Global team aim for faster, more effective tuberculosis diagnosis

As World TB day marks global efforts to eliminate tuberculosis (TB) as a public health problem by 2035, Oxford University researchers, in partnership with Public Health England (PHE), will lead a new worldwide collaboration to speed up diagnosis of the disease.

TB infects nearly 10 million people each year and kills 1.5 million, ranking it as one of the leading causes of death worldwide.  The tuberculosis infection is developing resistance to the antibiotic drugs that we have developed to tackle this disease; almost half a million people each year develop multidrug-resistant TB.  There is an urgent need to determine which drugs are required for the individual patient, but determining this using current methods involves growing cultures in a microbiology laboratory – which can take over one month.

A potential faster alternative is to perform whole-genome sequencing (WGS), mapping the whole genetic code of a TB bacterium and looking for genes that allow it to resist particular drugs.  Oxford researchers, including the Computational Health Informatics (CHI) Laboratory in the Department of Engineering Science, have teamed up to develop this next-generation technology for predicting antibiotic resistance, using genetic sequencing followed by computational statistics & machine learning.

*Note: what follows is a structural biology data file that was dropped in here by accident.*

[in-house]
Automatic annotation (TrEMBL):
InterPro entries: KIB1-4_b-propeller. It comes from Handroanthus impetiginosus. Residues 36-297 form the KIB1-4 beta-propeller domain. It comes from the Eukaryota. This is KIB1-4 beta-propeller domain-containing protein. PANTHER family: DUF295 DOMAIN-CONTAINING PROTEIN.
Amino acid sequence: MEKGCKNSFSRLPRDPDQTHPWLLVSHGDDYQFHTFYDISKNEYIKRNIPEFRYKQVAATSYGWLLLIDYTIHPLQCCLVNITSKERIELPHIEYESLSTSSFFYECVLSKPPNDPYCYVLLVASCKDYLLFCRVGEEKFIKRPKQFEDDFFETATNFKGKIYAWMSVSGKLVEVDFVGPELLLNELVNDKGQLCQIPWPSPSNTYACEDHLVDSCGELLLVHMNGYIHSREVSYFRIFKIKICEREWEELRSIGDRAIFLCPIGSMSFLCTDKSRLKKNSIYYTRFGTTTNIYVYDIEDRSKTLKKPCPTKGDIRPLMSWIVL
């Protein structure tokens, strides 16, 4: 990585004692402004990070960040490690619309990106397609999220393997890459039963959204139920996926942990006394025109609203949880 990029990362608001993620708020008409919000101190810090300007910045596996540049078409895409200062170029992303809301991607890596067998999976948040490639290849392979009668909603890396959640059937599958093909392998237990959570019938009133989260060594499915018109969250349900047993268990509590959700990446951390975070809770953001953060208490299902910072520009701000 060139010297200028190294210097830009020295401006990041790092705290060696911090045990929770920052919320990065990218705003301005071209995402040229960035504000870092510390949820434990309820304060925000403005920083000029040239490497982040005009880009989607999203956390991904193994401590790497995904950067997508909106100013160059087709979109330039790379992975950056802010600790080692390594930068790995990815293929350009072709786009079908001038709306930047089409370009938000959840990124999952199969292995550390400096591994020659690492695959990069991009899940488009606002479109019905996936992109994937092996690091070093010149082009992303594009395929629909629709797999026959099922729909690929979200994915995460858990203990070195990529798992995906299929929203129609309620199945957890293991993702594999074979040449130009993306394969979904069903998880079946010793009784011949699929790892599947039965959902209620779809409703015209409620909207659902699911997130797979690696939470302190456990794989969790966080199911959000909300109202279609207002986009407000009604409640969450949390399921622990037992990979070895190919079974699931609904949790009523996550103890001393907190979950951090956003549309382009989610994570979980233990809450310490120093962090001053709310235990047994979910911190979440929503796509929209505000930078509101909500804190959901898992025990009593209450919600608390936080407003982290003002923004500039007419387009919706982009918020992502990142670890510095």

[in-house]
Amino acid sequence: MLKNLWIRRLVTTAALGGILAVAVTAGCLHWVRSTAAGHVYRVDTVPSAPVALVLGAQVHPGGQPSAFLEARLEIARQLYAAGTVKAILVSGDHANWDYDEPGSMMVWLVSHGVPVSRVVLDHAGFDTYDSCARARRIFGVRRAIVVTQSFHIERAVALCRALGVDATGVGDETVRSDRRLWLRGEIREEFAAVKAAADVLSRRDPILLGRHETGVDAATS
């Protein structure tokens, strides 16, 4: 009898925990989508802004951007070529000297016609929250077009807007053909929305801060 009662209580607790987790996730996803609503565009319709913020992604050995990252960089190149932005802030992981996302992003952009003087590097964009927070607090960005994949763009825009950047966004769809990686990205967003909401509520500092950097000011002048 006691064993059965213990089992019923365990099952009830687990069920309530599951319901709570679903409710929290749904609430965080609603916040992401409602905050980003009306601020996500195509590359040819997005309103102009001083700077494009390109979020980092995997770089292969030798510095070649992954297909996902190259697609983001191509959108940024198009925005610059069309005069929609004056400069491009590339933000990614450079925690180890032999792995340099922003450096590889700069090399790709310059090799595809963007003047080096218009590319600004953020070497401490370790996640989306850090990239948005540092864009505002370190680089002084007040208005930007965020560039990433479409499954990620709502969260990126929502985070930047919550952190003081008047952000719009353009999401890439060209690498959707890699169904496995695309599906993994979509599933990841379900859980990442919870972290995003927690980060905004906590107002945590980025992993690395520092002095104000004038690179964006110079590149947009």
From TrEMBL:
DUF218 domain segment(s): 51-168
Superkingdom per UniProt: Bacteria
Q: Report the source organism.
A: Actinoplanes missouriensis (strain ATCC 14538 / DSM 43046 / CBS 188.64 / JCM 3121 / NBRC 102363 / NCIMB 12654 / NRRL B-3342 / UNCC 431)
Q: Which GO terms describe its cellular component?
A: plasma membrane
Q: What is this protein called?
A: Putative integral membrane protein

With a $2.2m (£1.53m) grant from the Bill & Melinda Gates Foundation and a £4m ($5.75m) grant from the Wellcome Trust and MRC Newton Fund, the Oxford team aims to build the world’s large dataset of genetic sequence data for tuberculosis bacteria, and use it to develop the computational techniques required to predict antibiotic resistance.  This consortium is led by Prof. Derrick Crook, Director of Public Health England and professor in Oxford’s Nuffield Department of Medicine.

David Clifton, who leads the CHI Lab, said, “This five-year research consortium links leading Oxford clinicians and computational scientists to key sites across the world, whereby we aim to bring to change the way in which tuberculosis is diagnosed.  The ultimate aim of this project is to deliver a system to collaborating government agencies across the world that can track the evolving antibiotic resistance of tuberculosis bacteria, and which can continually update itself in light of acquiring new data in real-time.